KABUL: A senior U.S. government official, speaking after six days of U.S. peace talks with Afghan Taliban militants, said on Monday that Washington was committed to withdrawing foreign forces from Afghanistan to end more than 17 years of war.
The official, who declined to be identified, described “significant progress” in talks last week with the Taliban in Qatar about a foreign troop pullout, but more negotiations were needed on a ceasefire and its timing.
“Of course we don’t seek a permanent military presence in Afghanistan,” the official said in the capital Kabul.
“Our goal is to help bring peace in Afghanistan and we would like a future partnership, newly defined with a post peace government,” the official told Reuters. “We would like to leave a good legacy.”
There could not be a withdrawal without a ceasefire, the official said.
The issue looms as a sticking point in the next round of talks on Feb. 25, with the U.S. official saying Taliban negotiators wanted a full withdrawal before a ceasefire.
Despite the presence of U.S.-led foreign forces training, advising and assisting their Afghan counterparts, the Taliban control nearly half of Afghanistan and stage near-daily attacks against the Western-backed Afghan government and its security forces.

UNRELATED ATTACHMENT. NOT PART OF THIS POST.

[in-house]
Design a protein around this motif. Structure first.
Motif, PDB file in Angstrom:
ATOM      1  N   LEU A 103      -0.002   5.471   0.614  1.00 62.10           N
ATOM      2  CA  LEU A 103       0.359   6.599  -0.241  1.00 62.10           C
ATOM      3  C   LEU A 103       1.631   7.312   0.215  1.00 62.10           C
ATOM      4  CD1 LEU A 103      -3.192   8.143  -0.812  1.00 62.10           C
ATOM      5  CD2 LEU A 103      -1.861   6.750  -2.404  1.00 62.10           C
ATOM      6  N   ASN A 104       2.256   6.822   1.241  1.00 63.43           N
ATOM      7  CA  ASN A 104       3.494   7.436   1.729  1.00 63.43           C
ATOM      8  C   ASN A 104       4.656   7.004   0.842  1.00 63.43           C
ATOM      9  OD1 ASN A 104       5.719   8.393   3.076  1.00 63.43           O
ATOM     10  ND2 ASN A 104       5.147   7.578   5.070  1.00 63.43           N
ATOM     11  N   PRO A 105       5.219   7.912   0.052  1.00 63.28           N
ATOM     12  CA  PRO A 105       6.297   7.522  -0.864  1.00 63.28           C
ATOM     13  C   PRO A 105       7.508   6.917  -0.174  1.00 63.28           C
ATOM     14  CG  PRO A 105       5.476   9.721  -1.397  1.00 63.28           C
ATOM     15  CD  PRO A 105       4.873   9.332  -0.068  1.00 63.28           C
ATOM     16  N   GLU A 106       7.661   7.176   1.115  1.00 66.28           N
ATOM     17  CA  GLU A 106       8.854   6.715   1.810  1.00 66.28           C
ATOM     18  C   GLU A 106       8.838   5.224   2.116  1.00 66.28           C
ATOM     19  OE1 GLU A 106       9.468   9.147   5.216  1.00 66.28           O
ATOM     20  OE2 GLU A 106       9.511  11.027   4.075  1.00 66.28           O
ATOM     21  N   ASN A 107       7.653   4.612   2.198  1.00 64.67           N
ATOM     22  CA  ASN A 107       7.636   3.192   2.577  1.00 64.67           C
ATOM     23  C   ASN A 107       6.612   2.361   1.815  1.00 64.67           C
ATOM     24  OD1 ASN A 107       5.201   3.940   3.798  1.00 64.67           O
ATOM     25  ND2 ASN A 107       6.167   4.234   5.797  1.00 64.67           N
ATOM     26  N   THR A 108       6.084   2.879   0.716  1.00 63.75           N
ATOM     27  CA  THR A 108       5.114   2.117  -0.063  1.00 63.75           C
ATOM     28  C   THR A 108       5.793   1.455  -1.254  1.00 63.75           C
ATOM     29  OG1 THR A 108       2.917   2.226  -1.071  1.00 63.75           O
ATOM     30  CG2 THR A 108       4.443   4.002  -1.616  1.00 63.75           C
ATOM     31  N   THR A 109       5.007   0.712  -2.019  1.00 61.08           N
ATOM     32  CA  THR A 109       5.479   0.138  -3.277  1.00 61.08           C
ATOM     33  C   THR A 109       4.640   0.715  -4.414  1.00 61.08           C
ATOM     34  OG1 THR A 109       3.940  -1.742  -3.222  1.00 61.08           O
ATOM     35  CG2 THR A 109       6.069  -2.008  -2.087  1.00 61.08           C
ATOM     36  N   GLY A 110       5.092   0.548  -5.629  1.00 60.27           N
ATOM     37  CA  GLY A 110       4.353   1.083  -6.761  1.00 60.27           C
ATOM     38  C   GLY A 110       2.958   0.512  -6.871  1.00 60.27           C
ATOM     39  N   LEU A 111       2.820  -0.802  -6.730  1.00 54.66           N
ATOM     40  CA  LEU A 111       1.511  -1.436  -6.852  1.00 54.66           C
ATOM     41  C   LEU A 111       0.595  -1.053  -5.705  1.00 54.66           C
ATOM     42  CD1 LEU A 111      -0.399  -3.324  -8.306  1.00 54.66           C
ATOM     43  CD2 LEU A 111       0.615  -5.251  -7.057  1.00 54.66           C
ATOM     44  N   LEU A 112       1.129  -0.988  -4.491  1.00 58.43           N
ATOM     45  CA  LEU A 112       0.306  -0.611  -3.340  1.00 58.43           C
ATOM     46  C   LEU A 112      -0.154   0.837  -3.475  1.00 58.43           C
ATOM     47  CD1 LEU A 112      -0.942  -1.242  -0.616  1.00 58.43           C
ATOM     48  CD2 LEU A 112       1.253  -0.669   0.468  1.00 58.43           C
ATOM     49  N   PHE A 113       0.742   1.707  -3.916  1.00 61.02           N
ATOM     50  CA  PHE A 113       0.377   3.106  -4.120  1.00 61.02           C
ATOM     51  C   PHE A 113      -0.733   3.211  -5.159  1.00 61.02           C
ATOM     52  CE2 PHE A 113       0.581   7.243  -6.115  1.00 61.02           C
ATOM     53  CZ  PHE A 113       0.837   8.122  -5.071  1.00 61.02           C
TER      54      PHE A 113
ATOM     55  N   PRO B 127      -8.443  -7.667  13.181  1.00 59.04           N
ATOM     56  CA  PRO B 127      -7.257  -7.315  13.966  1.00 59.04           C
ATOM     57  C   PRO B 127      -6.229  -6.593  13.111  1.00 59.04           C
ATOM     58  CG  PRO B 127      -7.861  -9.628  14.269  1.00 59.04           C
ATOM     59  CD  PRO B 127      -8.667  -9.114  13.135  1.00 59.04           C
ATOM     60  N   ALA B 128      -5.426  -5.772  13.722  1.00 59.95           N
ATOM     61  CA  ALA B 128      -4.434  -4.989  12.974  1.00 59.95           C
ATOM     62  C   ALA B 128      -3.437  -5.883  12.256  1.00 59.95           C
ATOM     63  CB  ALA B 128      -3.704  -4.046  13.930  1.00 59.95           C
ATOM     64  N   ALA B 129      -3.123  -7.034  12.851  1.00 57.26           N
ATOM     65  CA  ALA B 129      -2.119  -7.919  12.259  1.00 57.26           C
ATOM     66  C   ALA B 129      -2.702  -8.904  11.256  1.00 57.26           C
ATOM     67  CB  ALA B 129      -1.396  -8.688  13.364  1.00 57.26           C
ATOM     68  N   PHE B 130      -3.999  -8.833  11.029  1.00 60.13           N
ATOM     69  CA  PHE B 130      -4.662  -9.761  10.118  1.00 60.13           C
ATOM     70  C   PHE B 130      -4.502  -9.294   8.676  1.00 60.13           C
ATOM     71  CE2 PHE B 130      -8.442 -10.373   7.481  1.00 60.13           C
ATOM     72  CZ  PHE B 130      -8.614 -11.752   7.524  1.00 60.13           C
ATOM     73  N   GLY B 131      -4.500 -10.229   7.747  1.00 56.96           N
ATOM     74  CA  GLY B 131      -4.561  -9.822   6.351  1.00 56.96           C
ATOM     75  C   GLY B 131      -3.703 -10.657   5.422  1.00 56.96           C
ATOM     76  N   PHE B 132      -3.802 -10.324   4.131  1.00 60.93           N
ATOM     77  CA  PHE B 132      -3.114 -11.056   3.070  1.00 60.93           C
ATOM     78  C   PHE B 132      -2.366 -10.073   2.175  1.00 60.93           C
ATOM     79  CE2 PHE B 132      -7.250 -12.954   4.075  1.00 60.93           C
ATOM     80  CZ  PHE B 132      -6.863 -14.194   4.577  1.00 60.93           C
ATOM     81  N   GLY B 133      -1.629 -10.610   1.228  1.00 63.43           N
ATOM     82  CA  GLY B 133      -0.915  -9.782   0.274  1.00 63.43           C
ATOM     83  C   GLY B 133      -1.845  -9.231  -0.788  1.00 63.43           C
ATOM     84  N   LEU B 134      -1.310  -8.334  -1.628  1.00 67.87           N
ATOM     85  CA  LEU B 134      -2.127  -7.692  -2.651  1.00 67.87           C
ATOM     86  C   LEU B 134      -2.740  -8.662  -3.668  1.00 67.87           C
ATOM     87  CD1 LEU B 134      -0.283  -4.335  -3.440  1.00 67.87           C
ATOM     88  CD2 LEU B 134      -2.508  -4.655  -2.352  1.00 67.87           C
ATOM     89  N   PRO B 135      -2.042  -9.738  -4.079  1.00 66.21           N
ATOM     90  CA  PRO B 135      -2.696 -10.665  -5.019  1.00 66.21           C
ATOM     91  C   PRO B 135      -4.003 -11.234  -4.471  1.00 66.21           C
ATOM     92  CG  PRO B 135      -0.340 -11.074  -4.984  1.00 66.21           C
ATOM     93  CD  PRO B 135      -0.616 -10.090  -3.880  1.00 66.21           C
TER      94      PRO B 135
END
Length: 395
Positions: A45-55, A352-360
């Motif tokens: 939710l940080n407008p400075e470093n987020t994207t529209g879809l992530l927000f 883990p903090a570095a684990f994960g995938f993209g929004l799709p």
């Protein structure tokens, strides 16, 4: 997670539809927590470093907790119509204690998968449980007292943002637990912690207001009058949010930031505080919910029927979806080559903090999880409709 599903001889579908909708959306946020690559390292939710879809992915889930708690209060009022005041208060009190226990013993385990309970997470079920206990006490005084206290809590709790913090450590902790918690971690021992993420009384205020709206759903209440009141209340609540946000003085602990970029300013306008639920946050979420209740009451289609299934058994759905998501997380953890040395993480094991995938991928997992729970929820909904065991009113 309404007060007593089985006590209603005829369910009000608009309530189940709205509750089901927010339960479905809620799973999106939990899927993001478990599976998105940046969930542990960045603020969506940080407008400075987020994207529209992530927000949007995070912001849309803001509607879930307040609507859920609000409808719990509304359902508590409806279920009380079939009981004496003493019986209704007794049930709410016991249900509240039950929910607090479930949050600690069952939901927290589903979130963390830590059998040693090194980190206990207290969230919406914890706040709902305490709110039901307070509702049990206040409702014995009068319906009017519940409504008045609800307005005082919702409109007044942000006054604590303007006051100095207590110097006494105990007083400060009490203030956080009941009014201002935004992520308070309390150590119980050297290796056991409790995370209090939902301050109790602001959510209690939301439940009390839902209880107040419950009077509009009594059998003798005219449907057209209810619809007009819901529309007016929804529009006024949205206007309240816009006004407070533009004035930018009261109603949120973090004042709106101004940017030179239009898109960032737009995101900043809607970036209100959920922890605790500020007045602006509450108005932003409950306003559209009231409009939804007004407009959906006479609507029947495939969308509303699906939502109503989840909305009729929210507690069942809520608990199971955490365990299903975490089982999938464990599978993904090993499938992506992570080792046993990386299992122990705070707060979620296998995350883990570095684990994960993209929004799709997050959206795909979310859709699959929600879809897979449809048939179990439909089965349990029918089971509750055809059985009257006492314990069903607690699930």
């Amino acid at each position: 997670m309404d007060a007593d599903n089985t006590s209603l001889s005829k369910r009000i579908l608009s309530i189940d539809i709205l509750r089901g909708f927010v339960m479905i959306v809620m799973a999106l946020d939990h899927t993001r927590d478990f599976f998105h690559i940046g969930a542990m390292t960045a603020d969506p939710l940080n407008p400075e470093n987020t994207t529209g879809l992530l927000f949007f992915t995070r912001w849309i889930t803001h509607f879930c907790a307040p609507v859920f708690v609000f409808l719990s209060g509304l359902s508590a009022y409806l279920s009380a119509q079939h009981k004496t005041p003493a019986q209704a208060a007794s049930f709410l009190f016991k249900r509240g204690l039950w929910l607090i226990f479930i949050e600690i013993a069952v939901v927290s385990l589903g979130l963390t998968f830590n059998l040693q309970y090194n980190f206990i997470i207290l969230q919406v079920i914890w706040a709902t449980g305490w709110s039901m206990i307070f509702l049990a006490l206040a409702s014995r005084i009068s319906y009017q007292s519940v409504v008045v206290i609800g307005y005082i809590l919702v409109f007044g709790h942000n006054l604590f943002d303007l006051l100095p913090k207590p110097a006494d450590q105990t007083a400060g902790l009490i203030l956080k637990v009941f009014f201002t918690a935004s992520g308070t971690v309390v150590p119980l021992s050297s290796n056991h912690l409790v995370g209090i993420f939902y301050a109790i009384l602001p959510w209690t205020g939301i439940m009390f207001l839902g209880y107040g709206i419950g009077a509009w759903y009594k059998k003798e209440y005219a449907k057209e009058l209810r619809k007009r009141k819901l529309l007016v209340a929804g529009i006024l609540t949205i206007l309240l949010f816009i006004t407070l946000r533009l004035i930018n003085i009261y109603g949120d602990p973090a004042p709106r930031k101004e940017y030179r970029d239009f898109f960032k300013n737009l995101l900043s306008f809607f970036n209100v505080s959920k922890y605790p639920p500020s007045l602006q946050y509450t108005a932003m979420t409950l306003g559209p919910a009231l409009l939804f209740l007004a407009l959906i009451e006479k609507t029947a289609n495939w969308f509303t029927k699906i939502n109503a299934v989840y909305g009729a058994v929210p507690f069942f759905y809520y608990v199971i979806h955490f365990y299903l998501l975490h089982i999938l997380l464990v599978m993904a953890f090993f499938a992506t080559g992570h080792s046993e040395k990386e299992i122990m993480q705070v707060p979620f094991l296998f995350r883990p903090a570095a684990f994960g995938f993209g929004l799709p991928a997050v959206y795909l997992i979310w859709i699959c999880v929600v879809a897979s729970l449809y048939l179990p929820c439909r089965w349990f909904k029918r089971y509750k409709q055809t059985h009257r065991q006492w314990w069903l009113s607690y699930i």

Afghan President Ashraf Ghani said last week that 45,000 members of the country’s security forces had been killed since he took office in 2014.
There were reports last month that the United States was considering pulling out almost half of its forces, but a White House spokesman said U.S. President Donald Trump had not issued orders to withdraw. However, the administration has not denied the reports.
Both U.S. officials and the hardline Islamic group hailed progress after the talks on Saturday with U.S. special peace envoy Zalmay Khalilzad. He told the New York Times on Monday that a draft framework had been completed but details still needed to be fleshed out.
Taliban sources told Reuters on Saturday that the United States had agreed on the withdrawal of foreign troops within 18 months of the signing of a pact but the U.S. official said a timeline was not discussed.